i 27, vi. 60 ... 51, 

572 

riii. 74 ... 347 

vi . 44 ... 545 

. 119 . 501 



PAGE. 

v. 110 ... 491 

vi. 56 ... 558 
i. 56, v. 29 ... 82, 
412 

*roirr^ i. 56 ... 82 
srfarftai v. 29 ... 412 

s i- 41, i. 70, ii. 7, iii. 
76, iv. 15, iv. 20, v. 22, 
v. 33, v. 39, v. 85, v. 89, 
v. 103, v. 108, v. 109, 
v. Ill, v. 131, vi. 22, 
vi. 24, vi. 31, vi. 38 ... 61, 
115, 239, 352, 371, 376, 405, 
415, 421, 465, 471, 483, 490, 
491, 492, 504, 529, 530, 536, 

541 

i. 115 ... 168 

iii. 52 .. 326 

i. 54 ... 75 

. 10 ... 520 

i. 146, vi. 62... 201, 
564 

filRftw: i. 54 75 

. 74 - 457 

.88 -. 470 

v. 73 456 

v 114 ... 495 

: v. 120 ... 503 



f vi. 25 ... 

iv. 11 ... 368 

iii. 33 ... 307 
ii. 31, vi. 26 ... 305, 
531 

:i. l,iii. 63, iii. 69, 
v.93 ... .- 12 
337, 343, 474 

i. 5 ... 517 



WORD INDEXSAM KEY A PRAVAQHAtVA SClTRAM. xxxvii 



PAGE. 

.. 19 

:.. 452 
... 267, 
359 

... 510 
.. 350 
,.. 359 
i. 49, v. 76... 72. 459 



. ... 

v. 67 

ii. 34, iii. 80 

vi. 8 
iii. 84 



: v. 2 
. 13 
v. 65 

27 
114, v 



stfrfiii 



. 75 
v. 101 
iii- 68 

. 17 

36 
v. 36 



iv. 31 ... 

i. 46 ... ... 

vi. 8 ... ... 

i. 61, ii. 31, ii. 62, 
iii. 37, iv. 22, v. 27... 

93, 262, 00, 310, 378, 

ii. 17 ... 



ii. 33 ... 
Rfi i. 61 ... 

i v . 32, vi. 68... 



iv. 22 

v. 27 



. 10 

v. 83 



380 
308 
447 
532 
167, 
434 
348 
481 
342 

401 

58 
417 

385 

70 

510 



400 

250 

266 

03 

415, 

571 

378 

409 

20 

463 



PAGE. 

iv. 13 ... 360 

i. 24, i. 25, v. 85 ... 48, 
48, 465 
... 360 

... 131 

... 527 
... 446 

... 521 

... 356 
... 374 



iv. 12 

i 86 ..." 

J vi. 20 ... 

v. 64 

vi. 11 



iv. 17 



iii. 58 



333 



i. 66, i. 140. 108, 195 



i. 76 

:i. 87 

ii. 27 
i. 130 

iii. 22 

i. 68 

iii. 14, v. 90 



qft 



r v. 90 

: iii. 

i. 152 



120 

132 

258 
188 

297 
Ill 
291, 
471 

471 

281 
212 
91 
91 

41 7 

345 
337 

294 
482 

35^1 i. 28 ... 51 

i. 18 ... 37 
: i. 122 ... 75 
68,i. 75,vi.35... ill, 
118, 539 
iv. 21, vi. 58, 377, 550 



i. 59 
i. 59 

v. 35 

iii. 72 
qr%iii. 63... 

: iii. 17 
. 102 



xxxviii WORD INDEX SAMKRYA PRAVAOHANA 8&TRAM. 



PAGE. 

iii. 55 ... 329 

: v. 5 ... 39L 

iv. 11 ... 368 

iv. 11 ... 363 

v. 2 ... 362 

i. 32 55 



55 



i. 32 



i. 4 ... 516 

v. 33, vi. 17, vi 46... 

415,525, 547 

?spfr*T vi. 17 ... 525 

ST^rR * v. 33 ... 4 lo 

vi. 40 ... 543 

1. 139 ... 195 



: i. 1, i. 3, i.15, i. 61, 
i. 133, i. 149, vi. 45, 
vi. 54 ... 12v 29, 33, 

03, 100, 207, 546, 557 
i. 140, vi. 45... 

207, 546 

v. 72 ... 456 
i. 66, ii. 5, iii. 26,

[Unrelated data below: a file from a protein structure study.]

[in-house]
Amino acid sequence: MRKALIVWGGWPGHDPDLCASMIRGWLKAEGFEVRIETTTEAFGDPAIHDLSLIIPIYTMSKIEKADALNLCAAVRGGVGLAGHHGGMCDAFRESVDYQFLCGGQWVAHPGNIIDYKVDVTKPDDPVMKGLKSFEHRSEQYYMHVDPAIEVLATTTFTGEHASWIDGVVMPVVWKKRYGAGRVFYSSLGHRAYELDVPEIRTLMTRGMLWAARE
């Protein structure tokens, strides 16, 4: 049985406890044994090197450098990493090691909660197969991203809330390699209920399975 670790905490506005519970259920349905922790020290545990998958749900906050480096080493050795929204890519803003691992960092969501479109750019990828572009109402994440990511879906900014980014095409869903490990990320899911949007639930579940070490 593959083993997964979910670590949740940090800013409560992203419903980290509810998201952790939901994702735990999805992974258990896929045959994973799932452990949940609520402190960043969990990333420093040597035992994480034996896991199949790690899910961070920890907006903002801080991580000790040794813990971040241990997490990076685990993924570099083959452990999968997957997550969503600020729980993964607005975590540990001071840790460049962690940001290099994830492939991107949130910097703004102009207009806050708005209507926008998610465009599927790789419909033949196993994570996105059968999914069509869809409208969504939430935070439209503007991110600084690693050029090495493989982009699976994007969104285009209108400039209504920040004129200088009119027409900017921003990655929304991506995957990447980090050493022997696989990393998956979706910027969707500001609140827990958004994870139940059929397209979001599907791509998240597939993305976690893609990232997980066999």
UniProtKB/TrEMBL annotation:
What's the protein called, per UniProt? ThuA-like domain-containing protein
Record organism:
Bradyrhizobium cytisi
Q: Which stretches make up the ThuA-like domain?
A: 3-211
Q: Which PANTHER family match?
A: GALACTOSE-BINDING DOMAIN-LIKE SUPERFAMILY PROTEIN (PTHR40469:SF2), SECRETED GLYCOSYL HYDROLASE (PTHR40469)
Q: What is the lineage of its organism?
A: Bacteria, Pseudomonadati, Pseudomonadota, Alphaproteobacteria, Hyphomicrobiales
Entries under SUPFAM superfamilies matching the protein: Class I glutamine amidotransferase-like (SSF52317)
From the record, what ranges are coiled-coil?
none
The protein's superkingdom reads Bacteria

iii. 71, v. 46, vi. 6 ... 108, 
237,301, 345, 428, 51.7 
ii. 36, iii. 16... 269, 293 
vi. 70 ... 573 



20 
. 114 ... ... 495 

TT v. 114 ... 495 



i. 39, i. 41, iii. 8, v. 
59, vi. 48 ... 60, 61, 283, 
442, 548 

iii. 41, v. 112, v. 
1.21, vi. 57 ... 312, 493, 504, 

559 
*Ht i. 41 ... 61 



PAGE. 

v. 59 ... 442 

i. 39 ... 60 

: iii. 8 ... 283 

. 112 ... 493 

. 112 ... 493 

v. 50 ... 431 

v. 46 428 



vi. 16, vi. 53 ... 525, 556 

. vi. 16, 
vi. 53 .... 525, 550 
i. 145, v. 106... 200, 488 
vi. 49 ... 549 
v. 104 ... 485 
vi. 50 ... 550 
v. 84 - ... 464 
i. 18, i. 61, i. 133, 
ii. 5, iii. 68, v. 20, v. 
72 ... 37, 93, 190, 237, 
342, 404, 456 
v.20... 404 
i. 18 ... 37 
: v. 72 ... 456 
iii. 29 ... 304 
ii. 5 ... 237 
^ iii. 68 342 



i. 61, i. 65, i. 69, iii. 
72, vi. 32, vi. 67 ... 93, L06, 
112, 345, 536, 570 
v. 120 ... 503 
iv. 19 375 



iv. 
19 ... ... 375 

v. 6, vi. 14... 391, 523 



i. 14 



... 523 

v. 6.. 391 



WORD INDEX SAM KEY A PR AV AC HAN A StJTRAM. xxxix 



srfcf 



vi. 15 

i- 100 

i. JOG 



PAGE. 

... 524 

... 152 

... 152 

... 20 

... 20 

423, 427 

... 441 

... 441 



STcftft v. 40, v 14 

v. 57 

v. 57 

arfo*ri v. 57 ... 441 

i. 42, v. 61, v. 1)3, 
v. 101 ... 62,444, 474,481 

i. 89, i. 147, v. 62, 

v. 89, v. 04, v. 100 ... 138, 
203, 445, 471,475, 471) 

i. 90 ... 140 

ra*w v. 89 ... 471 

. 62 ... 445 

: v . 94 ... 475 

i. 35 ... 57 

v. 91 ... 471 

iii. 20, iii 22, v. 121) 

295, 297, 511 

ii. 4 ... .. 236 

Tftflf iii. 22 ... 297 

S: v. 129 ... 511 



i. 57, i. 125, ii. 40, 
ii. 45, iii. 51, iii. 58, iii. 
73, v. 8, v. 12, v. 119, 
vi. 35 ... 86,180,271,274, 
326, 333, 346, 392, 396, 501, 

539 

v. 12 ... 396 
... 326 
i. 125 ... 180 
. 8 ... 392 



ii. 1, iii. 59, iii. 



PAGE. 

63, iii. 70, vi. 38, vi. 
40, vi. 43 ... 231,334,344, 
337, 541, 543, 545 
iii. 58 ... 333 
! vi. 35 ... 539 

i. 57 ... 86 

iii. 21 ... 296 
: iii. 21 296 
iii. 66 ... 339 
iii. 66 ... 339 
iii. 46 ... 323 
iii. 76 ... 352 
SHIT i. 87 ... 132 
SIWU i. 4, ii. 25, v. 10, v. 
22, v. 99, vi. 47, vi. 64. 21, 257, 
394,^05,478,548,567 

iff ... 21 

ii. 25 ... 257 

vi. 47 ... 548 

i. 102 ... 153 

v . 222, 405 



v. 10, v. 99, 

vi. 64 394, 478, 567 

. 87, ... 132 

: iv. 29 ... 384 
ii. 18 ... 251 
iii. 4 ... 280 
iii. 69 ... 343 
: i. 144 ... 199 
i. 95, v. 68 144, 453 
: v. 49 ... 470 
: v. 33, v. 34, v. 120, 
i< 12 ... ... 415, 

416, 503, 521 

; v. 16 ... 400 
v. 114 ... 495 



xl WORD INDEX SAMKHYA FHAVACHANA SLJTRAM. 



vi. 31 
vi. 38